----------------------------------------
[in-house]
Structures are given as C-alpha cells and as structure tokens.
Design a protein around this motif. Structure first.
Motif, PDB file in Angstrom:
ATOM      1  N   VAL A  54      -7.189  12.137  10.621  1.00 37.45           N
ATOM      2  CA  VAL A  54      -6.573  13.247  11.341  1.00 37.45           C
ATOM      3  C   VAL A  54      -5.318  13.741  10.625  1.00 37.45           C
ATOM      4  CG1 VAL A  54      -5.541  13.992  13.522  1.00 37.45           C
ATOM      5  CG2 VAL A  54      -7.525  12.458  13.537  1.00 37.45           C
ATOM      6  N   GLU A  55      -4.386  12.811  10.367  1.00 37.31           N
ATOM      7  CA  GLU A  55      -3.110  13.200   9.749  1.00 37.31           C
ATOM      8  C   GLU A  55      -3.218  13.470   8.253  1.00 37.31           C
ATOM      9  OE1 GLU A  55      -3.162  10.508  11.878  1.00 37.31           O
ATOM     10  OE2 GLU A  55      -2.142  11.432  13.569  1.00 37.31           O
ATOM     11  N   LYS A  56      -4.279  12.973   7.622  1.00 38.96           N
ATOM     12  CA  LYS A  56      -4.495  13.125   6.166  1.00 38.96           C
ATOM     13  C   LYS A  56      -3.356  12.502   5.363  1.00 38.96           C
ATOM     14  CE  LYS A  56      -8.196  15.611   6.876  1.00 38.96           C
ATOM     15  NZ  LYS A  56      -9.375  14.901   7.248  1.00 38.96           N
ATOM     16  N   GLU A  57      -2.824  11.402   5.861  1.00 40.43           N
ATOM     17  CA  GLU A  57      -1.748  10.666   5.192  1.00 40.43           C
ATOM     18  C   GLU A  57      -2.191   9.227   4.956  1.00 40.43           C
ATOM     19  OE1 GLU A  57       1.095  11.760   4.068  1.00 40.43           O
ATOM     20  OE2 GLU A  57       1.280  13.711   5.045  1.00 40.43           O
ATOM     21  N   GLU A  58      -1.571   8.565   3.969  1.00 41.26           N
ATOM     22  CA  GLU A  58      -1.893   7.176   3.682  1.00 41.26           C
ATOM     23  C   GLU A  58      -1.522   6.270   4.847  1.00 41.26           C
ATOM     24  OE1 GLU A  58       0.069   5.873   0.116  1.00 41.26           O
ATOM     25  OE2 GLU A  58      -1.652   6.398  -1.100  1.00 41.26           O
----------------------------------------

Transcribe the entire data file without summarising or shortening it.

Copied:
[in-house]
Structures are given as C-alpha cells and as structure tokens.
Design a protein around this motif. Structure first.
Motif, PDB file in Angstrom:
ATOM      1  N   VAL A  54      -7.189  12.137  10.621  1.00 37.45           N
ATOM      2  CA  VAL A  54      -6.573  13.247  11.341  1.00 37.45           C
ATOM      3  C   VAL A  54      -5.318  13.741  10.625  1.00 37.45           C
ATOM      4  CG1 VAL A  54      -5.541  13.992  13.522  1.00 37.45           C
ATOM      5  CG2 VAL A  54      -7.525  12.458  13.537  1.00 37.45           C
ATOM      6  N   GLU A  55      -4.386  12.811  10.367  1.00 37.31           N
ATOM      7  CA  GLU A  55      -3.110  13.200   9.749  1.00 37.31           C
ATOM      8  C   GLU A  55      -3.218  13.470   8.253  1.00 37.31           C
ATOM      9  OE1 GLU A  55      -3.162  10.508  11.878  1.00 37.31           O
ATOM     10  OE2 GLU A  55      -2.142  11.432  13.569  1.00 37.31           O
ATOM     11  N   LYS A  56      -4.279  12.973   7.622  1.00 38.96           N
ATOM     12  CA  LYS A  56      -4.495  13.125   6.166  1.00 38.96           C
ATOM     13  C   LYS A  56      -3.356  12.502   5.363  1.00 38.96           C
ATOM     14  CE  LYS A  56      -8.196  15.611   6.876  1.00 38.96           C
ATOM     15  NZ  LYS A  56      -9.375  14.901   7.248  1.00 38.96           N
ATOM     16  N   GLU A  57      -2.824  11.402   5.861  1.00 40.43           N
ATOM     17  CA  GLU A  57      -1.748  10.666   5.192  1.00 40.43           C
ATOM     18  C   GLU A  57      -2.191   9.227   4.956  1.00 40.43           C
ATOM     19  OE1 GLU A  57       1.095  11.760   4.068  1.00 40.43           O
ATOM     20  OE2 GLU A  57       1.280  13.711   5.045  1.00 40.43           O
ATOM     21  N   GLU A  58      -1.571   8.565   3.969  1.00 41.26           N
ATOM     22  CA  GLU A  58      -1.893   7.176   3.682  1.00 41.26           C
ATOM     23  C   GLU A  58      -1.522   6.270   4.847  1.00 41.26           C
ATOM     24  OE1 GLU A  58       0.069   5.873   0.116  1.00 41.26           O
ATOM     25  OE2 GLU A  58      -1.652   6.398  -1.100  1.00 41.26           O